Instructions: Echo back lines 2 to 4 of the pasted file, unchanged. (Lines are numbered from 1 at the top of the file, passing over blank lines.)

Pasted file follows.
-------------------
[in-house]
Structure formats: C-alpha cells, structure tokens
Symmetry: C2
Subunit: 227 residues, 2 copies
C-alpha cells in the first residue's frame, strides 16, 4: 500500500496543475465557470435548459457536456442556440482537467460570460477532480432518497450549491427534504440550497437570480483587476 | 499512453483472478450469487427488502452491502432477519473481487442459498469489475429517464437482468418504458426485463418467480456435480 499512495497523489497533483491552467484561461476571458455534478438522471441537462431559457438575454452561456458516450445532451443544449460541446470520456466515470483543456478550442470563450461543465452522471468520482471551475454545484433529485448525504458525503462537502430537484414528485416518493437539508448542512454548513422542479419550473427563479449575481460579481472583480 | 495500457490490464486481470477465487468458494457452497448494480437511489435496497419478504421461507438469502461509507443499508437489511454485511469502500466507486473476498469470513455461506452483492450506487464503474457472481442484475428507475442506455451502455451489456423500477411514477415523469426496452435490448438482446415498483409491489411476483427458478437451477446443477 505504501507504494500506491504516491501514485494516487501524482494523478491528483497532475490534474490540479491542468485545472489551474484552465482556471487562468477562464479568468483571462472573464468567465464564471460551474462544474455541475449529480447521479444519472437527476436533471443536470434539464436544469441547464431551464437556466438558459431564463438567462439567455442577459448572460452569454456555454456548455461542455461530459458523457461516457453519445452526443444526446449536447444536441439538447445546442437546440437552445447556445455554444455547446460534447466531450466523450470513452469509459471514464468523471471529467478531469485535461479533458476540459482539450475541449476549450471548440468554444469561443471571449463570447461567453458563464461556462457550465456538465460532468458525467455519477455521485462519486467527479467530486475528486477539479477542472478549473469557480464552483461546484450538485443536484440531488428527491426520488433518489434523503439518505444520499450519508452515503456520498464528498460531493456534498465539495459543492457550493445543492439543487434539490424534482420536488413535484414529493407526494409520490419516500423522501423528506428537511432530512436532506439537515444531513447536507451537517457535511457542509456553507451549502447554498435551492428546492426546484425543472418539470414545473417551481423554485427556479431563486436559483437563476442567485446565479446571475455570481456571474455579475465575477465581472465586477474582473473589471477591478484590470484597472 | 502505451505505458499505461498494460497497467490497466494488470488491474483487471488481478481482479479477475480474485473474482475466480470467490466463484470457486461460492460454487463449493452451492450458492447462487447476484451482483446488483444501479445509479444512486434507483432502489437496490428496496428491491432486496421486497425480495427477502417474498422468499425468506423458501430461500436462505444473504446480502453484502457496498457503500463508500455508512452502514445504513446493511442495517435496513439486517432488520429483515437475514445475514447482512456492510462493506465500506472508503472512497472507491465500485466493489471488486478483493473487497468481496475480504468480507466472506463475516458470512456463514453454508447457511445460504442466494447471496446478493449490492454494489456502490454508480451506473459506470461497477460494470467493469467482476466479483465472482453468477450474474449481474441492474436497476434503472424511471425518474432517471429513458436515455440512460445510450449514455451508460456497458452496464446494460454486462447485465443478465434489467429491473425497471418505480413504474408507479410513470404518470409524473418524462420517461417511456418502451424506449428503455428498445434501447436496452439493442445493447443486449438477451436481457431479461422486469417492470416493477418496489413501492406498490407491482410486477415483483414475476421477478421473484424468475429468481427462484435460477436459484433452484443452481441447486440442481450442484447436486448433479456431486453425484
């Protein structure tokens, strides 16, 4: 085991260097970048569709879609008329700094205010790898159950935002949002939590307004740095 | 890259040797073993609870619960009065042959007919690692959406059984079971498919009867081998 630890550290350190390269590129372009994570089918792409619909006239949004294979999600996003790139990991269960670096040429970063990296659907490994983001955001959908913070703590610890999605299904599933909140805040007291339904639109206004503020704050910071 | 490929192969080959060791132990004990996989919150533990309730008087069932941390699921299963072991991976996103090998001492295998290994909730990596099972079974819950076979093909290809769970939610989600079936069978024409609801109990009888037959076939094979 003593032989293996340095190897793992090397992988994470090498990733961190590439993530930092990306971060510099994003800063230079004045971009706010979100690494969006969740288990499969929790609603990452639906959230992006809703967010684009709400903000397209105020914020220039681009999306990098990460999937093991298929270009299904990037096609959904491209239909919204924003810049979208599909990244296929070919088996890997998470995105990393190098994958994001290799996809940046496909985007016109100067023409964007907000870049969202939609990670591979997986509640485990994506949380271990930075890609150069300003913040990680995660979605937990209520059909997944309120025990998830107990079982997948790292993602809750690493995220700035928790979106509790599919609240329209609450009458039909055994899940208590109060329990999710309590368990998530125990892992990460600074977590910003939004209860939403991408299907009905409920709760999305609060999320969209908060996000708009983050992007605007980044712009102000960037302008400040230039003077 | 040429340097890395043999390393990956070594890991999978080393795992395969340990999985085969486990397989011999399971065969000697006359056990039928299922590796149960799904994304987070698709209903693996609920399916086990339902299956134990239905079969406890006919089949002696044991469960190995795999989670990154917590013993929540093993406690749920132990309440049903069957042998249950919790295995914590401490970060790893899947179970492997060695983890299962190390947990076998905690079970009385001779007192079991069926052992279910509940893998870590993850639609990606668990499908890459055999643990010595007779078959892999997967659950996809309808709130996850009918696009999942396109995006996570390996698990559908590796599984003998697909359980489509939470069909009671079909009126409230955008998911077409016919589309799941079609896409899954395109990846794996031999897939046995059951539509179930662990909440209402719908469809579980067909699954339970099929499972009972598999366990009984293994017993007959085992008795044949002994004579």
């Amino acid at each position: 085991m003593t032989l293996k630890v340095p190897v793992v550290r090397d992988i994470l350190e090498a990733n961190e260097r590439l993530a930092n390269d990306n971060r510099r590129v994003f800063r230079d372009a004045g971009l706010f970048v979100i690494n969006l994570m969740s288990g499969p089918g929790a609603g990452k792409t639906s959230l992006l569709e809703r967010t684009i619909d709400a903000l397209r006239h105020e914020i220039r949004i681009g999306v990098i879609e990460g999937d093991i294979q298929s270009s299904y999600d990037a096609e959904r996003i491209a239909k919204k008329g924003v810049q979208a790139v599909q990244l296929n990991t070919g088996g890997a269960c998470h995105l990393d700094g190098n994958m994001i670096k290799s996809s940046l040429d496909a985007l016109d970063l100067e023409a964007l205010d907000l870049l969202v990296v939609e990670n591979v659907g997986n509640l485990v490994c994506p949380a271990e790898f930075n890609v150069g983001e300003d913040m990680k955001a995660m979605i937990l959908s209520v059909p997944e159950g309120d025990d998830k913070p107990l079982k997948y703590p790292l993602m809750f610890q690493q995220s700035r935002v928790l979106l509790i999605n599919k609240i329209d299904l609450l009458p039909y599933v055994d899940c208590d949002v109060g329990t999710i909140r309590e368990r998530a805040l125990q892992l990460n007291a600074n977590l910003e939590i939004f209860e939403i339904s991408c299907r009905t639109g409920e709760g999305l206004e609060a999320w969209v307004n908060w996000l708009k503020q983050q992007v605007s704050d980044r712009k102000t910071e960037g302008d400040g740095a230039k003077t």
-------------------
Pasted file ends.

Structure formats: C-alpha cells, structure tokens
Symmetry: C2
Subunit: 227 residues, 2 copies